How to read a prescription and find the contact lenses you need online

The purpose with this post is to enable contact lens users to understand prescriptions and use this knowledge to easily locate and buy the same or equivalent contact lenses online that was originally fitted by the optician.

A way to easily locate the correct type and make of contact lenses suitable to your eyes, is to use the sample lenses (trials supplied by your optician). With the original lens containers and/or packaging available, you can compare measurements such as:

  • Material (e.g Etafilcon A)
  • Water content (e.g. “55%”)
  • Power (SPH)
  • Base curve (BC)
  • Diameter (DIA)
  • Cylinder (CYL)
  • Addition (ADD)
  • Axis

Use the search field on Visiondirect.co.uk and type the material name (e.g. “nelfilcon A“) to perform an effective search. If you find several products, narrow down your search by comparing the remaining parameters.

Find your contactsby reading your contact lens prescription (the paperwork supplied by your optician). Contact lens prescriptions differ from spectacles prescriptions in the following ways:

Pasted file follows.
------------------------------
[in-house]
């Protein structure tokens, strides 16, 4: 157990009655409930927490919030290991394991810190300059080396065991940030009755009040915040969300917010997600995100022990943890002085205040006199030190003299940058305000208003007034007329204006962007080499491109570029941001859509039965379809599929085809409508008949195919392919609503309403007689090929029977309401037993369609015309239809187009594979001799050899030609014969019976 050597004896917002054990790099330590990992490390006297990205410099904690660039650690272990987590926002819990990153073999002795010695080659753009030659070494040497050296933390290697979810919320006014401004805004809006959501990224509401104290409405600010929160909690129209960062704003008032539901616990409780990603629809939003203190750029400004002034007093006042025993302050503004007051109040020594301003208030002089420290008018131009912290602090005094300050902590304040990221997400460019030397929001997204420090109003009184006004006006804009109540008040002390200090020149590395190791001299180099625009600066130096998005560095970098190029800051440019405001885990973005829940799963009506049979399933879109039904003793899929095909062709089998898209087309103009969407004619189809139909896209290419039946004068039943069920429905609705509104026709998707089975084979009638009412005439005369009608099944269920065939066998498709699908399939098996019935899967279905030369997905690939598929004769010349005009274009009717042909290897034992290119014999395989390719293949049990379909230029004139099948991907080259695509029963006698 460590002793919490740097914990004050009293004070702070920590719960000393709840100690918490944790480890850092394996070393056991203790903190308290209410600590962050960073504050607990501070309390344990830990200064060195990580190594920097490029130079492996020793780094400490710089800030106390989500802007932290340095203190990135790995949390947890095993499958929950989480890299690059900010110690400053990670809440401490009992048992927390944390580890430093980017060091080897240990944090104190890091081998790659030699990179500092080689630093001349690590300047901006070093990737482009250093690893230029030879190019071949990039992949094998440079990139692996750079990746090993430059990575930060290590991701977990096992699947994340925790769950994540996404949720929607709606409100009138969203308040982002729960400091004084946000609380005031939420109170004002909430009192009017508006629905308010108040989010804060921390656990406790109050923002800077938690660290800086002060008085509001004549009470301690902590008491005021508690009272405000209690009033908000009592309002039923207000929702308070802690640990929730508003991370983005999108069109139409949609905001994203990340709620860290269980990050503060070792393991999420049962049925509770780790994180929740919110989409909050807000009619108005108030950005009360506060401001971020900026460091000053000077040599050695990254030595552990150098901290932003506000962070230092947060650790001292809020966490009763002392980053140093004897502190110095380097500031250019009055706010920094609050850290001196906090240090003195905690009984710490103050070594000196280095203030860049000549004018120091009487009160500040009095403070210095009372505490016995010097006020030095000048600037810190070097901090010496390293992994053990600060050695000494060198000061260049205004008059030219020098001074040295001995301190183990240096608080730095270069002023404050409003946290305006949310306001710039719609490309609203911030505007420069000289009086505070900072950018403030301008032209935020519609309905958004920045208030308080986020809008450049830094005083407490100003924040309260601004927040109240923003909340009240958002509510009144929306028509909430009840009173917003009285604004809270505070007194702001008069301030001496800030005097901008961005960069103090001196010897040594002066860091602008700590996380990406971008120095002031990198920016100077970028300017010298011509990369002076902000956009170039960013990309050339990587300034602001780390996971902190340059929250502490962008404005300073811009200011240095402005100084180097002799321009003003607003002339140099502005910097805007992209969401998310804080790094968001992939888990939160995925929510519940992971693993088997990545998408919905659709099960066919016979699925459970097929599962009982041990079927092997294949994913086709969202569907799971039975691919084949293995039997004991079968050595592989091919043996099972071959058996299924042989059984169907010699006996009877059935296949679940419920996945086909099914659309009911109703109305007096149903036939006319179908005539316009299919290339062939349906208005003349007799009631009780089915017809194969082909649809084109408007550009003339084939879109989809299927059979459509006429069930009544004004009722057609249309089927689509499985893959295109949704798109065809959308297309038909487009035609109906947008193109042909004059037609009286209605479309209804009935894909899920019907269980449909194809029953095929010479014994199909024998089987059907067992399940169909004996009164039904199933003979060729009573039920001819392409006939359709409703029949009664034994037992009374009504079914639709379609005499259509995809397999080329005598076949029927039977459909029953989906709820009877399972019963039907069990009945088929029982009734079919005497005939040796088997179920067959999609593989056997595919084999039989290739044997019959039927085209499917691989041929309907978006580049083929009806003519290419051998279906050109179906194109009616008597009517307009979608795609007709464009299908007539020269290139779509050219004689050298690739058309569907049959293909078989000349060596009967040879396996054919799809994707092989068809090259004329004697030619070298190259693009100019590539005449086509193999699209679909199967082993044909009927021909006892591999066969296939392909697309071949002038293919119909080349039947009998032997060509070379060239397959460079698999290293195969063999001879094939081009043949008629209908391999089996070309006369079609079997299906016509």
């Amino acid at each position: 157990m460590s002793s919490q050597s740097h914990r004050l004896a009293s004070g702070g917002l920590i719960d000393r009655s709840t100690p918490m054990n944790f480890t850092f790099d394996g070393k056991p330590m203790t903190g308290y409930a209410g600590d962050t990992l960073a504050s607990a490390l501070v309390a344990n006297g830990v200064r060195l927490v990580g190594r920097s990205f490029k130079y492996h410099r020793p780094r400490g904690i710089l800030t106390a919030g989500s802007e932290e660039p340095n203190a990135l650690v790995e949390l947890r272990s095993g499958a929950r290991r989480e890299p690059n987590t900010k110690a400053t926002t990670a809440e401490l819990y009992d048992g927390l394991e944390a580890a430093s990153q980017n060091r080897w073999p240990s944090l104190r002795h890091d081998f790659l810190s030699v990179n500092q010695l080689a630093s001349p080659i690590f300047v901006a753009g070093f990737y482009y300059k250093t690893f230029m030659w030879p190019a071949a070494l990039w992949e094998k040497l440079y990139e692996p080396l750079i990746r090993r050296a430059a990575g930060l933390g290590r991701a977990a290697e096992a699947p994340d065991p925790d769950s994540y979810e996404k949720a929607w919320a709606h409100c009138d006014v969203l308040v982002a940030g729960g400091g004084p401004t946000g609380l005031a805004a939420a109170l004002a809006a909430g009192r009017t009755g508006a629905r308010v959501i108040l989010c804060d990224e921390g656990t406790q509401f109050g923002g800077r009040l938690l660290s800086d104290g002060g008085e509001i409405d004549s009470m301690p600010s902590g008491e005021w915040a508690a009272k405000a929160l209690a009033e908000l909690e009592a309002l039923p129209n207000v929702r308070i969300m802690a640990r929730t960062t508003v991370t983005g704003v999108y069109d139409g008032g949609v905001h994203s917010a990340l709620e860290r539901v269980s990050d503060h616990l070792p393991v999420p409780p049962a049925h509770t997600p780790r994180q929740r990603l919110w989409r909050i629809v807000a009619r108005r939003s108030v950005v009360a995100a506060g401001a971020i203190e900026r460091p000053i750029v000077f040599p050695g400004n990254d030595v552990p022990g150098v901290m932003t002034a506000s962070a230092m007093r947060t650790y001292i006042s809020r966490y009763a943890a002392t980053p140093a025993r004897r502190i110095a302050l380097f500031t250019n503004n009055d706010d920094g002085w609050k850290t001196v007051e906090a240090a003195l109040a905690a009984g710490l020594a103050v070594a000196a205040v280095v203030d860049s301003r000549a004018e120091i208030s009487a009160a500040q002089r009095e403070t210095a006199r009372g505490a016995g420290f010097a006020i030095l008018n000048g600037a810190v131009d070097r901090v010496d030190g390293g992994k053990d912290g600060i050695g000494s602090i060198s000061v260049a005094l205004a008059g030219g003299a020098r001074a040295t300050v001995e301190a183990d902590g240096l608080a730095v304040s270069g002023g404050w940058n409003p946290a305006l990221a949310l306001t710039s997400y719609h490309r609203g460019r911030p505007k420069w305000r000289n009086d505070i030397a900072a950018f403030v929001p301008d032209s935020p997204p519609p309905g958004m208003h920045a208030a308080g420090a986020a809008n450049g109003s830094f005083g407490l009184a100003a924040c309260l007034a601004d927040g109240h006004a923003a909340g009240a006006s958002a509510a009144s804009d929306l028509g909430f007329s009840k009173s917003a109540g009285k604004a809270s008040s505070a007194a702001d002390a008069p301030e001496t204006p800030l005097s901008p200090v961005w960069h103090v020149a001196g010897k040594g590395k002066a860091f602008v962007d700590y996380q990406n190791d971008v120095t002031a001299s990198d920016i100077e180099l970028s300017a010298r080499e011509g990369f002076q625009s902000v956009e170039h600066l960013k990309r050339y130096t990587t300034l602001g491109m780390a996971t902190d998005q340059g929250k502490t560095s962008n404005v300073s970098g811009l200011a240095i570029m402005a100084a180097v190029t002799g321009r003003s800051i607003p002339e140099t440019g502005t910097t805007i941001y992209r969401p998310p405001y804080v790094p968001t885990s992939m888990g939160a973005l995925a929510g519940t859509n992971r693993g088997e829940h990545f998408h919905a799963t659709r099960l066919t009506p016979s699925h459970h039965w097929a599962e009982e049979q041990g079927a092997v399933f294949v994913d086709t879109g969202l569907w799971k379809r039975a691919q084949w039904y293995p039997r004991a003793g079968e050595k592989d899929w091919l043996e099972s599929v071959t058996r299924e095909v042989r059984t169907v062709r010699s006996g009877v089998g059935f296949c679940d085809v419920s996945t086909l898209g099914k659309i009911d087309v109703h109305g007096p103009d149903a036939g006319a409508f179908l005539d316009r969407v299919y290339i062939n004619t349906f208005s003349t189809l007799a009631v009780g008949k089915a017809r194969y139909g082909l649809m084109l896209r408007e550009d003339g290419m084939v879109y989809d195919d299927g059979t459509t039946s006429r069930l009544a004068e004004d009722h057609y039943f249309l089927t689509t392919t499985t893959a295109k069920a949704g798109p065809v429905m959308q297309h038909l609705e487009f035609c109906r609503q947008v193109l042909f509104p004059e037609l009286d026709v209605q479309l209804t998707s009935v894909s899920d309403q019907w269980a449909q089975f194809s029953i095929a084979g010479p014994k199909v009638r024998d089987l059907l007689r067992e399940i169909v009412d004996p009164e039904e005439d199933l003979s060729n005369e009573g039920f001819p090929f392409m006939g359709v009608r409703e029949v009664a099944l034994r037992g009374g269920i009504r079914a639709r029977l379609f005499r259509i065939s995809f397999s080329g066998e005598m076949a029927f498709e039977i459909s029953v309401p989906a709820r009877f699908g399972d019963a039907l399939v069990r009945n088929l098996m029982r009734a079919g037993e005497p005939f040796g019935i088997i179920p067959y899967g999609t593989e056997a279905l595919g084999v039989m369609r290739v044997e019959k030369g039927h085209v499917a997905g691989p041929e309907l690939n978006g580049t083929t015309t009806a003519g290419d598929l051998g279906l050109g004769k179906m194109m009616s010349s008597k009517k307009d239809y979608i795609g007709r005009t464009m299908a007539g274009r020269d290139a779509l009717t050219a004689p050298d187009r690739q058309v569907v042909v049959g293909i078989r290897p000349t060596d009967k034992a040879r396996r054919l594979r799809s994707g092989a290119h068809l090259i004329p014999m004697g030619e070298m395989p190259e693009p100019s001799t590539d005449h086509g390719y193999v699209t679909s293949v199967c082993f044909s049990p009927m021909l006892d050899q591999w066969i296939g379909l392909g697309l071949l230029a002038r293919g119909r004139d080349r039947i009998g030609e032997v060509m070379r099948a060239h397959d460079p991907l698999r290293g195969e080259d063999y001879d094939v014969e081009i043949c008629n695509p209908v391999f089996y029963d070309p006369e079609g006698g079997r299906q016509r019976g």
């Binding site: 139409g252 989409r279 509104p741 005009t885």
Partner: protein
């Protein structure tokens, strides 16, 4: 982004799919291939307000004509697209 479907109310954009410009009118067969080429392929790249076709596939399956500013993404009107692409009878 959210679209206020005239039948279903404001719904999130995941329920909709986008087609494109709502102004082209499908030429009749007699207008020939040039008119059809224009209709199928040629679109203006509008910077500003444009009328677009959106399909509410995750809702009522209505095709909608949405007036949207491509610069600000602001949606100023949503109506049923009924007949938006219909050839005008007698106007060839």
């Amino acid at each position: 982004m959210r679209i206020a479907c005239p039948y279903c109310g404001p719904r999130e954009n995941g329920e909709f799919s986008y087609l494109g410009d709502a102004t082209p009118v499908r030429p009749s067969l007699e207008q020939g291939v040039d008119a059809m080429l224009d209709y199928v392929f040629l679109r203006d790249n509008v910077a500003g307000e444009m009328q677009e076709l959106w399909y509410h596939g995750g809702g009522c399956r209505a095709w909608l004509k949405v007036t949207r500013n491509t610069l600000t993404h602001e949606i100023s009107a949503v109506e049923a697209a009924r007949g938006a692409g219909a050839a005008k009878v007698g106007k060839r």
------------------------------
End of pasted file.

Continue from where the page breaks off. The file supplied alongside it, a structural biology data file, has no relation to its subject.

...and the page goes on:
• If BC (base curve) and DIA (diameter) are missing, then you can be fairly certain that you are looking at a glasses prescription.
  • If your optician failed to mention that you need corrective toric lenses forastigmatism*, but you still see the values CYL (cylinder) and AXIS (measurement in degrees) printed on your paperwork, there is a risk you are looking at a spectacles prescription. When you do need toric contact lenses, the make of lens, SPH, BC and DIA are normally supplied in addition.
  • The manufacturer, make and type of your contact lenses should normally be stated on the contact lens prescription (however, since some opticians do not take the time to make a note, this is not always the case.)
  • SPH or SPHERE is a measurement for the primary power or strength needed. For myopia (nearsightedness) the value is negative (-) and for hyperopia (farsightedness) the value supplied is positive (+).
  • ADD is an additional power and refers to presbyopic patients; one power (SPH) to correct nearsightedness and another power (ADD) to correct farsightedness. This is normally corrected by using varifocal (bifocal or multifocal) contact lenses orspectacles.